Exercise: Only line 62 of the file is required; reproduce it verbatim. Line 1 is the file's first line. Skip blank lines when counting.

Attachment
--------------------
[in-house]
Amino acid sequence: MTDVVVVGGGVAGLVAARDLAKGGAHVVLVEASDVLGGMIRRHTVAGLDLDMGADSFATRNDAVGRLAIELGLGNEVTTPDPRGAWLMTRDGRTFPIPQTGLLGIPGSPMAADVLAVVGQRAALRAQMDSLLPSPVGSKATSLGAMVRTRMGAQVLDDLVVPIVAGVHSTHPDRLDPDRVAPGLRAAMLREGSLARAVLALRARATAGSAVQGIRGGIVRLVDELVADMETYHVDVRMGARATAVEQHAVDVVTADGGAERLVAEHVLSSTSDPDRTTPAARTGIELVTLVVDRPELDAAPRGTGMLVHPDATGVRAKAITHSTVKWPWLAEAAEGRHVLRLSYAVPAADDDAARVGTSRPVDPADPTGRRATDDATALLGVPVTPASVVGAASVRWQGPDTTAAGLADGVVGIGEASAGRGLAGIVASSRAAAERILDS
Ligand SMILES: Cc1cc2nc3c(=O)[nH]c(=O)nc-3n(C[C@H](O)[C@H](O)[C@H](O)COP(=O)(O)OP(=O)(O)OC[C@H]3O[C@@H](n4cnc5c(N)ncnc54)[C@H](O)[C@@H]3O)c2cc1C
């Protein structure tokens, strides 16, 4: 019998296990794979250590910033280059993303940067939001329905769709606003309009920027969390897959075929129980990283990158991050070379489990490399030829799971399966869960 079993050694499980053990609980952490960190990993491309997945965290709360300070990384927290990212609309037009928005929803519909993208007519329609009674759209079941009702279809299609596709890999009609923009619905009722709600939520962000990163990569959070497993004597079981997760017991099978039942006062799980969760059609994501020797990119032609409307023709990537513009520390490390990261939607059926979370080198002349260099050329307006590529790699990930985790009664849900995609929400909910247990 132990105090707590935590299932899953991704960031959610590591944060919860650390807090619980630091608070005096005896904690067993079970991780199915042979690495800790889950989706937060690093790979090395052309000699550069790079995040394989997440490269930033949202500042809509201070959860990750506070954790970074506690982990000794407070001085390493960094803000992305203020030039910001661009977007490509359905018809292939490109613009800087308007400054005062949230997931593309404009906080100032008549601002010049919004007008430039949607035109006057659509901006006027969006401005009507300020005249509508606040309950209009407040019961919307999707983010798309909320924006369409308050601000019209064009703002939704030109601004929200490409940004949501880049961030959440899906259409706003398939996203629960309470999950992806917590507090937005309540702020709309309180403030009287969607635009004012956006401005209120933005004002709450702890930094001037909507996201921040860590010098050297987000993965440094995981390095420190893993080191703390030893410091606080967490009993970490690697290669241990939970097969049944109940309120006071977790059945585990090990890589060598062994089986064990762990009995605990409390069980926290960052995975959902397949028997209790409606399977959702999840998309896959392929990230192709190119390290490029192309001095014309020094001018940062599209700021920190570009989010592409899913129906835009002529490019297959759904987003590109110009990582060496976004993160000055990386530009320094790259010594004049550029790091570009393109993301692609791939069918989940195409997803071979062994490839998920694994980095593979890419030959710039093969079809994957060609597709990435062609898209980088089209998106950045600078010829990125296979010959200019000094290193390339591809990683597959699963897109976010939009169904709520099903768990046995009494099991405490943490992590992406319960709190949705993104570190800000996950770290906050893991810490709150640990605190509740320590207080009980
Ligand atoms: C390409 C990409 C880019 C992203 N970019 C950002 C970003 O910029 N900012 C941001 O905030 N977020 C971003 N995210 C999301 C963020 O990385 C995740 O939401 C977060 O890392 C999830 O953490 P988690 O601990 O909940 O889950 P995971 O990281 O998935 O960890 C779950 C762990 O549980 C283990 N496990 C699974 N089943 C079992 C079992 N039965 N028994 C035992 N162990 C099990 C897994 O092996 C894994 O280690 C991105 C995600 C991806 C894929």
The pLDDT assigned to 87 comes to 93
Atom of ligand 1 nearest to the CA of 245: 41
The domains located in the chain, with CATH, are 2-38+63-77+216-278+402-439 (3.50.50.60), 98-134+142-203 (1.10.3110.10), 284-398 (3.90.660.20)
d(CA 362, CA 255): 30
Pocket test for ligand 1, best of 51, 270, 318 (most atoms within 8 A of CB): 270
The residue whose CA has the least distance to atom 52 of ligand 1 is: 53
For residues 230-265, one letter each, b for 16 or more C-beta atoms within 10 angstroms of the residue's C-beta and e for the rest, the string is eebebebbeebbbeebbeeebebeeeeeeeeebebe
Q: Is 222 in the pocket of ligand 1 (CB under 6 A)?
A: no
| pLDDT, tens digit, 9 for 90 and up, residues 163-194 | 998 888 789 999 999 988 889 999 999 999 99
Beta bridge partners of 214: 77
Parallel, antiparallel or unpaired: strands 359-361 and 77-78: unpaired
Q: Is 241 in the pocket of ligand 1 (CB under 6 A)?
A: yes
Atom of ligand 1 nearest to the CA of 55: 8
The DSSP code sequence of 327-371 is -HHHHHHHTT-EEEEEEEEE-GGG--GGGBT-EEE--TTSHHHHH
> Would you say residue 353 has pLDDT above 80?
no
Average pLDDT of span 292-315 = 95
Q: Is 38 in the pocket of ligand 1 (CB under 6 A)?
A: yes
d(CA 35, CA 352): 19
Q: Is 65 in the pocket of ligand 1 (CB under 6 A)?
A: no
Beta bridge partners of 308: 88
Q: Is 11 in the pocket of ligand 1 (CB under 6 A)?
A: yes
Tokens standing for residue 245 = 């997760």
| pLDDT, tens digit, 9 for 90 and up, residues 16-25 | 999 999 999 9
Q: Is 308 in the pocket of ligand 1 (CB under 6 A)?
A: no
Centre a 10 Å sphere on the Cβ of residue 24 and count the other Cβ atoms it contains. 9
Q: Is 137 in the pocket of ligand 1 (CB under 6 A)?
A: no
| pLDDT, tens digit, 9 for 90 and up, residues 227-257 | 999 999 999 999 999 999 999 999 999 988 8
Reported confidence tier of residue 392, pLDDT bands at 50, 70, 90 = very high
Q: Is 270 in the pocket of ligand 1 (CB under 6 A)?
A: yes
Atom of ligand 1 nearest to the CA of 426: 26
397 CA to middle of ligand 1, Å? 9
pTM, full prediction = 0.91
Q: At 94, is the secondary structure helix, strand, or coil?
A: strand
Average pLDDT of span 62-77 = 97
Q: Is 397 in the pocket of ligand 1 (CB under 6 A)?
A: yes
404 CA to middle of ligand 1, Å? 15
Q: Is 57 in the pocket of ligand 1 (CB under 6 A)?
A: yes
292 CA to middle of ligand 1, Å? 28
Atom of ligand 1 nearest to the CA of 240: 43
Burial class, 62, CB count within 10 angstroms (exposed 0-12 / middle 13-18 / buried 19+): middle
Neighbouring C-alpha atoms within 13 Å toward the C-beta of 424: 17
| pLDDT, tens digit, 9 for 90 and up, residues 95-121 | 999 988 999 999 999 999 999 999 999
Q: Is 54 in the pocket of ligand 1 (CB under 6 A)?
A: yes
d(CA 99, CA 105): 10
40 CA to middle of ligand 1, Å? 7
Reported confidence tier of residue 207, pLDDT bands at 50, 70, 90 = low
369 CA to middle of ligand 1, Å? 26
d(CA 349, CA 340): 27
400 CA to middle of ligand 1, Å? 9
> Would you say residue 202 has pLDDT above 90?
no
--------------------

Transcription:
d(CA 99, CA 105): 10